Yeah I am extending from Pawn, not from character. My root is a scene component and I set the root/players z position every tick via a line trace from the camera's position straight down. This allows people to walk up stairs or ramps naturally. I can add gravity if the "ground" isn't found as well.

            The problem is when I add a capsule to the camera(or the root) it will only collide with dynamic objects and allows the player to go through static ones. I am not using the character movement component at all.

            I have played spell fighter and I am familiar with your implementation. I describe what I am trying to do at the bottom . I have also made a weapon system that works as you describe, everything is its own actor. The problem is if you attach a weapon to your characters hands, the most peformant method, that actor loses its collision against static meshes as well because it becomes a child.

            I really don't understand why epic thought this was a good idea. If a developer whats a child to collide it should collide with everything, including static meshes. There is no reason for it not to, particularly since it works this way in a lesser engine (unity).

            Originally posted by darthviper107 View Post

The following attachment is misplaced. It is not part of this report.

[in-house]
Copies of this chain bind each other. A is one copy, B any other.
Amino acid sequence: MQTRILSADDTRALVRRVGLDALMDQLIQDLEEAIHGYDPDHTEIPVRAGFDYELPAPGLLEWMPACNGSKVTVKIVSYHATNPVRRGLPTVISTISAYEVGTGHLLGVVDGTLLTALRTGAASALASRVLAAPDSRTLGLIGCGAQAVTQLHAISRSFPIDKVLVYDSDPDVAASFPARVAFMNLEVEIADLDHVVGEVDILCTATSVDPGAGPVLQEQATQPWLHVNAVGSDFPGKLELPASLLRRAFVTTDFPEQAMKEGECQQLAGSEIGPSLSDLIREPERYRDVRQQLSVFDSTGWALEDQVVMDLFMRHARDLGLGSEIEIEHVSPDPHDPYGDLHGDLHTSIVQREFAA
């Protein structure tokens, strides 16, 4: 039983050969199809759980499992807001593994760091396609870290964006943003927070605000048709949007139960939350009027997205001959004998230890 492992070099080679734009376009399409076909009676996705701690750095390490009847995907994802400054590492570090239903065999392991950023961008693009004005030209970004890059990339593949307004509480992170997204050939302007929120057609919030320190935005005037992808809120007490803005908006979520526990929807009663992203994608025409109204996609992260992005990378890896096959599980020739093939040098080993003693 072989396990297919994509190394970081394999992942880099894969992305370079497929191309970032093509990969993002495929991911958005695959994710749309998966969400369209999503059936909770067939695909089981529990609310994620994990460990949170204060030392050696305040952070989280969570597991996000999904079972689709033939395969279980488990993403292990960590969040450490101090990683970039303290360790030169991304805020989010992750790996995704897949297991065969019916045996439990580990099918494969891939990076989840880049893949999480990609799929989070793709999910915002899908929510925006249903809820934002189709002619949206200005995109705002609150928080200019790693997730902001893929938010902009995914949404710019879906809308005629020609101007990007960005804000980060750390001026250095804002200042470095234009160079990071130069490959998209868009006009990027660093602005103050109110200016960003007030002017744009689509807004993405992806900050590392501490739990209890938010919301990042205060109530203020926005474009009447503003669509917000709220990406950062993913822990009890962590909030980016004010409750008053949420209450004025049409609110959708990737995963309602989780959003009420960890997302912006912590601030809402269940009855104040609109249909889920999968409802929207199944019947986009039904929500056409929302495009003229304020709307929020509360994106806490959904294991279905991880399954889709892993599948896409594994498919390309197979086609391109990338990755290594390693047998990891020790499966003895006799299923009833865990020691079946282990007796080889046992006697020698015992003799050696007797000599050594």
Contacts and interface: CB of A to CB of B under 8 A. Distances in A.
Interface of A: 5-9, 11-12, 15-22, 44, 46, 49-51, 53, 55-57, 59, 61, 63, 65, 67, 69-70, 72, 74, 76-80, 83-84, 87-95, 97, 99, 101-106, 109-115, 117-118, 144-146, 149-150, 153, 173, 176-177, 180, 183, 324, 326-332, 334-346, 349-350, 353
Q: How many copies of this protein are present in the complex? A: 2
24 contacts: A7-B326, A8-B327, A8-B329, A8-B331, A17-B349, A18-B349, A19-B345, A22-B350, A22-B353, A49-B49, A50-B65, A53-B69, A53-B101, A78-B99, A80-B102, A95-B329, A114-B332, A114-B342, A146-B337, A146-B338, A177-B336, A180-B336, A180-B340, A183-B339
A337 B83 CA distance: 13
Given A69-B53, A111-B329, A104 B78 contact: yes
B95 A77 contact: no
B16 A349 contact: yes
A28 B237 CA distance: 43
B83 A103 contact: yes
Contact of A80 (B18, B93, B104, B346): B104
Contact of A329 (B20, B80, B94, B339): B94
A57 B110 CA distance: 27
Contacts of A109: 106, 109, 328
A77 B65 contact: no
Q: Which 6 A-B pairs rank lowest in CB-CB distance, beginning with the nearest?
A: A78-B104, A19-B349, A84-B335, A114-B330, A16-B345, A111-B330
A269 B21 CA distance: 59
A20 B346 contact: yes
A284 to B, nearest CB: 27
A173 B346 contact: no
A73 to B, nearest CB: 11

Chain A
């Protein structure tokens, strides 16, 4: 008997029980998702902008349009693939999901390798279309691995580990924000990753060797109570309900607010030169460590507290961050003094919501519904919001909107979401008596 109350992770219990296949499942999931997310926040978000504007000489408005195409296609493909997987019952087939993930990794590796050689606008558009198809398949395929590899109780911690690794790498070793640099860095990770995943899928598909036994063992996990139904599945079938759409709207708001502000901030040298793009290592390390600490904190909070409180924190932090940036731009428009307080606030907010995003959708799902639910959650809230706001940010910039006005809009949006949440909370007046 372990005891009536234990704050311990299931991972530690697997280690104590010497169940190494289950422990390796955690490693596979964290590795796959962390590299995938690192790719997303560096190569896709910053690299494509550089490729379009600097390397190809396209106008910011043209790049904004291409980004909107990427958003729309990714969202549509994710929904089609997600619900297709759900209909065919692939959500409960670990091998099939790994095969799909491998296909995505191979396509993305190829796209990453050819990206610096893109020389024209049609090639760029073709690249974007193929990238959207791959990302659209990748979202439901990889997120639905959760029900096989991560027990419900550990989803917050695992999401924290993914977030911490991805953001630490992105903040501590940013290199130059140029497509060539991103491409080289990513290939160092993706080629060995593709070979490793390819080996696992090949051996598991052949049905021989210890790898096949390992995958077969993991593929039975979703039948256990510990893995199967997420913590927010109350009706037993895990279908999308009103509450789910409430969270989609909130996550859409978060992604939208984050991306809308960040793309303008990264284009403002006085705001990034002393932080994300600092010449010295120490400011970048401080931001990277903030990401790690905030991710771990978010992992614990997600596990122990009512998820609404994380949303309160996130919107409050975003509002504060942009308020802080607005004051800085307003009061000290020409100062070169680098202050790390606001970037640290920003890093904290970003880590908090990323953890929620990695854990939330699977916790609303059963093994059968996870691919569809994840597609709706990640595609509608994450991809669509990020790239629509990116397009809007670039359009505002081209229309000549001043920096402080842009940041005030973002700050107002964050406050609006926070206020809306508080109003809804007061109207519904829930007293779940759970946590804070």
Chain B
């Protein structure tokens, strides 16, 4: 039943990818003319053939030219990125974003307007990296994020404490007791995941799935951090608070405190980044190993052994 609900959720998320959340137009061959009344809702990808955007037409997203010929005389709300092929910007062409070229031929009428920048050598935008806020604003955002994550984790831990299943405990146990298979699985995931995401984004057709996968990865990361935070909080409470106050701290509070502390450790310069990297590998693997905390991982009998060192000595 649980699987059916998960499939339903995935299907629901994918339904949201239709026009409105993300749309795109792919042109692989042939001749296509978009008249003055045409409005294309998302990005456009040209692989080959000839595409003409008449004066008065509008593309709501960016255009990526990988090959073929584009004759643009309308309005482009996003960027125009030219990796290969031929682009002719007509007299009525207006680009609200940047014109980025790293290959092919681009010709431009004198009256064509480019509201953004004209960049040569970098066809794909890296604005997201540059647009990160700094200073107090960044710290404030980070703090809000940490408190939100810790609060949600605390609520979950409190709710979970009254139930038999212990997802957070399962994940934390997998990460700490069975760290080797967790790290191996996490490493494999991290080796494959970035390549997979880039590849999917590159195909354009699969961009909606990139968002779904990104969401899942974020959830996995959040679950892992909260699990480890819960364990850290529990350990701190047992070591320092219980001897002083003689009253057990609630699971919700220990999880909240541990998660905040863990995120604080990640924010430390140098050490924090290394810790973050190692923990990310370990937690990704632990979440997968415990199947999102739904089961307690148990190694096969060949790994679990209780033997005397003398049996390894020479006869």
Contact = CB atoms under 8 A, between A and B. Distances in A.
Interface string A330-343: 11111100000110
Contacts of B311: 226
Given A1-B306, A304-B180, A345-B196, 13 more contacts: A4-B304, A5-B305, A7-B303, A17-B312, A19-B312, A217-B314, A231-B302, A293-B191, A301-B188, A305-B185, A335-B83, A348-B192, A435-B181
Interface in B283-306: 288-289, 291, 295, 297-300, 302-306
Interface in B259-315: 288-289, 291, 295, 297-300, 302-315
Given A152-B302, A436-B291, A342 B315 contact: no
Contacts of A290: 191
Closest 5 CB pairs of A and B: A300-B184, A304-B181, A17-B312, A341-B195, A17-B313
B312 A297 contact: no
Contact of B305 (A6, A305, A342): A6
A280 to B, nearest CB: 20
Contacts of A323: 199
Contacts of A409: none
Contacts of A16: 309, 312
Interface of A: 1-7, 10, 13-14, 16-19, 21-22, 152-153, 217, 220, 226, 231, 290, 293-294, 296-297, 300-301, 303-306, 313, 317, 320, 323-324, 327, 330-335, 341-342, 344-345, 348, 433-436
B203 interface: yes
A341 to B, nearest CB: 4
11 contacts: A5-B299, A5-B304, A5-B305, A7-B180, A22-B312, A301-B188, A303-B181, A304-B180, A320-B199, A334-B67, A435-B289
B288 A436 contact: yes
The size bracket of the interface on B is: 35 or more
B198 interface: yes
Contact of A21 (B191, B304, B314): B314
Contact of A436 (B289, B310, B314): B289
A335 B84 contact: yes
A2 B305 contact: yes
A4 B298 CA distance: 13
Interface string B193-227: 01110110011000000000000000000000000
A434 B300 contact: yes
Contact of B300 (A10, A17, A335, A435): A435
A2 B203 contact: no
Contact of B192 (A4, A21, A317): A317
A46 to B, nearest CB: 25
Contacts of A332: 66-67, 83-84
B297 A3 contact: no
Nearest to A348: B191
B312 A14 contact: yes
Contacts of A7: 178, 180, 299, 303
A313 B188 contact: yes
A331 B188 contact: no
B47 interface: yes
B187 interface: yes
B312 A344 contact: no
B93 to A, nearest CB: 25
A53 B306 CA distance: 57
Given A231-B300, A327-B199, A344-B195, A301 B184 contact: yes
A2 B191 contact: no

Wouldn't it be kind of weird to have your VR self collide with the game world when you can't collide in the real world? Or is there some other thing you're trying to do?
            I only allow collision when using traditional movement. While walking around in room scale any overlap gets teleported backwards to prevent walking through walls.

            Originally posted by ambershee View Post
            I found the default VR implementation to be incredibly problematic (write-up of experiences still in progress), but in our case we had no problem with collision. I can see where you're coming from though; if the component is just offsetting, you're going to need to work around it. Our problem was more related to the motion control component insisting on being glued to the center the screen, which is just plain wrong, and it got really awkward when it was lagging a few frames behind.